The weight of Malpighi's observations therefore fell into the scale of that doctrine which Harvey terms metamorphosis, in contradistinction to epigenesis.
" Jurisdiction " is a word borrowed from the jurists which has acquired a wide extension in theology, wherein, for example, it is frequently used in contradistinction to " order," to express the right to administer sacraments as something superadded to the power to celebrate them.
Value of the tractive force is required than this provides for, namely from 4 to 5 tons, the driving-wheels are coupled to one or more pairs of heavily loaded wheels, forming a class of what are called " coupled engines " in contradistinction to the " single engine " with a single pair of loaded driving-wheels.
During the commonwealth and empire aes grave was used to denote the old as in contradistinction to the existing depreciated coin; while aes rude was applied to the original oblong coinage of primitive times.
Clergy," the word "clergyman" is still, at least in the United Kingdom, used of the clergy of the Established Church in contradistinction to "minister."
The few remaining fragments produce the impression of vivid and rapid narrative, to which the flow of the native Saturnian verse, in contradistinction to the weighty and complex structure of the hexameter, was naturally adapted.
The Magyar nobles were now systematically spoliated on trumped-up charges of treason; 1 In contradistinction to Turkish Hungary and Transylvanian Hungary.
In contradistinction to the Lao Pong Dam, who have derived their written language from the Burmese character, the eastern race has retained what appears to be the early form of the present Siamese writing, from which it differs little.
His premiership was the reward of undoubted services rendered to his party; it may be said, however, that, in contradistinction to the prime ministers for some time previous, he represented the party, rather than that the party represented him.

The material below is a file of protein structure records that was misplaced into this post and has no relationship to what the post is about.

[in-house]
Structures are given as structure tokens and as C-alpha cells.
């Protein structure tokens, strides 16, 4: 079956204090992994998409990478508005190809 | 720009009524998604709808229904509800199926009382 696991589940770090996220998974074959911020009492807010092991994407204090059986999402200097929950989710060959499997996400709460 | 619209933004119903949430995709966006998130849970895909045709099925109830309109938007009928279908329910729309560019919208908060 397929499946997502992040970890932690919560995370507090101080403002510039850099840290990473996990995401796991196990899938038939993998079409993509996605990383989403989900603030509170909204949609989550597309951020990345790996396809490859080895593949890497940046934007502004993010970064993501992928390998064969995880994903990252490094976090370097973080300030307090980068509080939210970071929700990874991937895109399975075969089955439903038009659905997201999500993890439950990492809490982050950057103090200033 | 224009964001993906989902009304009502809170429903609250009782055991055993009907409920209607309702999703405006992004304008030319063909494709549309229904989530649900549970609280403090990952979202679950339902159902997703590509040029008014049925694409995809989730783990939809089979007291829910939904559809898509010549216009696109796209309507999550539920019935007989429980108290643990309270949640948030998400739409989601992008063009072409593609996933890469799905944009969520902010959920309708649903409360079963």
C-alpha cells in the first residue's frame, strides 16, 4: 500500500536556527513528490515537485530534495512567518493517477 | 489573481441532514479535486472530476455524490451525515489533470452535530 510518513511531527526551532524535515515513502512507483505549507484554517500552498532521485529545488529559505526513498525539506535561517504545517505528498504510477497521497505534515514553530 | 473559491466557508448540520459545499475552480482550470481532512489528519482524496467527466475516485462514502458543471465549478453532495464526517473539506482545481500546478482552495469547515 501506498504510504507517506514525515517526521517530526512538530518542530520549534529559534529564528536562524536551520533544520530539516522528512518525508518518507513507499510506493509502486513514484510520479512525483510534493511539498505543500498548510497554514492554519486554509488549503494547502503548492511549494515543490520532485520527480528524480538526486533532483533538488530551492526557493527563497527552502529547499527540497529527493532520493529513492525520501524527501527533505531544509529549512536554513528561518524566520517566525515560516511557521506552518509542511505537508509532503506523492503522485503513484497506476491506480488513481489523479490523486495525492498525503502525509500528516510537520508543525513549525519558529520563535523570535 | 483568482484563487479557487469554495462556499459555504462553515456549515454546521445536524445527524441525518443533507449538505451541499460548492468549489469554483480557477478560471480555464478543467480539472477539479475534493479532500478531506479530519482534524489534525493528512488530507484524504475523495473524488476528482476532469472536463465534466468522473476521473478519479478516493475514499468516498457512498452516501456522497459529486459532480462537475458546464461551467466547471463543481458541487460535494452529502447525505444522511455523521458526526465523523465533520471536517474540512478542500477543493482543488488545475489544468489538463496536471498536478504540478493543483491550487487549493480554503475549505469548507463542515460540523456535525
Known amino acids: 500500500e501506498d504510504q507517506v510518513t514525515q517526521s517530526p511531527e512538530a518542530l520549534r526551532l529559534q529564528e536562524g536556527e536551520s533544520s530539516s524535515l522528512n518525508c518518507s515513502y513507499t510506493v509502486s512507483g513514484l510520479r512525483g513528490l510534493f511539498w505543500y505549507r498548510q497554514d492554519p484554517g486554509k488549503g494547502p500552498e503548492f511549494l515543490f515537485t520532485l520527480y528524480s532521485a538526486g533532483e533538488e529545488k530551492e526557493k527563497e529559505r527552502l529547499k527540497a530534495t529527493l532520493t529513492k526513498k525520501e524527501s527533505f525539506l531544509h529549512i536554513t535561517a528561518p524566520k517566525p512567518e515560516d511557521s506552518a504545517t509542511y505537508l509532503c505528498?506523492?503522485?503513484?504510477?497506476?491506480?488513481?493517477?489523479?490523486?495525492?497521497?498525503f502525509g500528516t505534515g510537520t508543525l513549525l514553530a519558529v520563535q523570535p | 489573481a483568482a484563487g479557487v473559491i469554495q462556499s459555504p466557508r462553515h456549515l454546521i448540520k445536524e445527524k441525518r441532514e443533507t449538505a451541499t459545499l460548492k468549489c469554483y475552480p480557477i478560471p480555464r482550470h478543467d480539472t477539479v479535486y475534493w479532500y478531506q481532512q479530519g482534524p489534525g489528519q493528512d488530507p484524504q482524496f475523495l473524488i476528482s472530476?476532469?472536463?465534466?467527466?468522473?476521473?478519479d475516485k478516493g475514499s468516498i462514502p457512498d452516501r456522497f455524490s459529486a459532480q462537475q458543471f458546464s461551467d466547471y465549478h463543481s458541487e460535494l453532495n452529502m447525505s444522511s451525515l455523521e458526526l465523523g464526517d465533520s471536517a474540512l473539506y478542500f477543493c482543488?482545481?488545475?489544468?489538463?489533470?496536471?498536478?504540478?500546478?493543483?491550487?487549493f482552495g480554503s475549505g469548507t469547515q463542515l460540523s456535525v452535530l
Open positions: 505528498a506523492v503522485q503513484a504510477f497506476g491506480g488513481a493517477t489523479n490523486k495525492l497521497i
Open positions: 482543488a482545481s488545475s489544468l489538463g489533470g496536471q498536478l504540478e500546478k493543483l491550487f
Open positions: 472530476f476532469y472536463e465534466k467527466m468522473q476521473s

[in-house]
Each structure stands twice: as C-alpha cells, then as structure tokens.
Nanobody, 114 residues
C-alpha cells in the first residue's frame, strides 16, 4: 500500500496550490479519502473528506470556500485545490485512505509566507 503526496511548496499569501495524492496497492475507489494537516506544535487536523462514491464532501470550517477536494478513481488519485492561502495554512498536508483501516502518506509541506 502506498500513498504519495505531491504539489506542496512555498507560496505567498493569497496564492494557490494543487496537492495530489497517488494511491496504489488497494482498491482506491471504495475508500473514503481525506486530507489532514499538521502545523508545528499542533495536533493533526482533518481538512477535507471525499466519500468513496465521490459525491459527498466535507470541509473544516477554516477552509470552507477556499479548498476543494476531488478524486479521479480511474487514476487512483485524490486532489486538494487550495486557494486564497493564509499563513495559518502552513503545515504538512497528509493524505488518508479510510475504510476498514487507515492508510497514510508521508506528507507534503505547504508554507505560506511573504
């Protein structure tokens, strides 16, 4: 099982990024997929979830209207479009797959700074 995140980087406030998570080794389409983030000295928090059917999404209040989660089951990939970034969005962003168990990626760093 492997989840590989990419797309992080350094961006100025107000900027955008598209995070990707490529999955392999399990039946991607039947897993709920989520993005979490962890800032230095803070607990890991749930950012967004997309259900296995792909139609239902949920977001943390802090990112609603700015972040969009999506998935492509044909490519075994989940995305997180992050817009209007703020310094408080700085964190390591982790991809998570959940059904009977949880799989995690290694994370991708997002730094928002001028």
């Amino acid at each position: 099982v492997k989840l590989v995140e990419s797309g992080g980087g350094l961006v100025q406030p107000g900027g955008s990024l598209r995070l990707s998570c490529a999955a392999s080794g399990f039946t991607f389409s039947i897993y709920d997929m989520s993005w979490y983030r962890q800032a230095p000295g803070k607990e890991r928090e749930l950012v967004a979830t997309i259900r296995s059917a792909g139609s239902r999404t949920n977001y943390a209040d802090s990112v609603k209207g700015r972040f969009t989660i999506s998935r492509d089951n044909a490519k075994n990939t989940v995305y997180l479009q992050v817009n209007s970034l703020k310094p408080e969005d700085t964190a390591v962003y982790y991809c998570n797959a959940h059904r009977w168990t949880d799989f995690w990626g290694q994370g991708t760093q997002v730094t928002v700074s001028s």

In the Frankish empire (9th century) as alba, clericalis, in contradistinction to the liturgical alb, and in England (loth century) under the name of oferslip in the 46th canon of the ecclesiastical laws of Edgar.
Moreover, in further contradistinction to the Roman use, it had - especially in the German dioceses - a liturgical character, being used instead of the surplice.
Here the natives are called Saidokki, in contradistinction to the northern Mattokki.
DORIANS, a name applied by the Greeks to one of the principal groups of Hellenic peoples, in contradistinction to Ionians and Aeolians.
Thus red clay and radiolarian ooze are distinguished as abyssal deposits in contradistinction to the epilophic calcareous oozes.
The water-tight lining may be either a wrought iron tube, which is pressed down by jack screws as the borehole advances, or cast iron tubbing put together in short complete rings, in contradistinction to the old plan of building them up of segments.
One who was prepared to concede much latitude in matters of discipline and faith, in contradistinction to "High Churchman," the term applied to those who took a high view of the exclusive authority of the Established Church, of episcopacy and of the sacramental system.
(early 14th century), and when the shiring of Ulster was undertaken by Sir John Perrot in the 16th century, Antrim and Down were already recognized divisions, in contradistinction to the remainder of the province.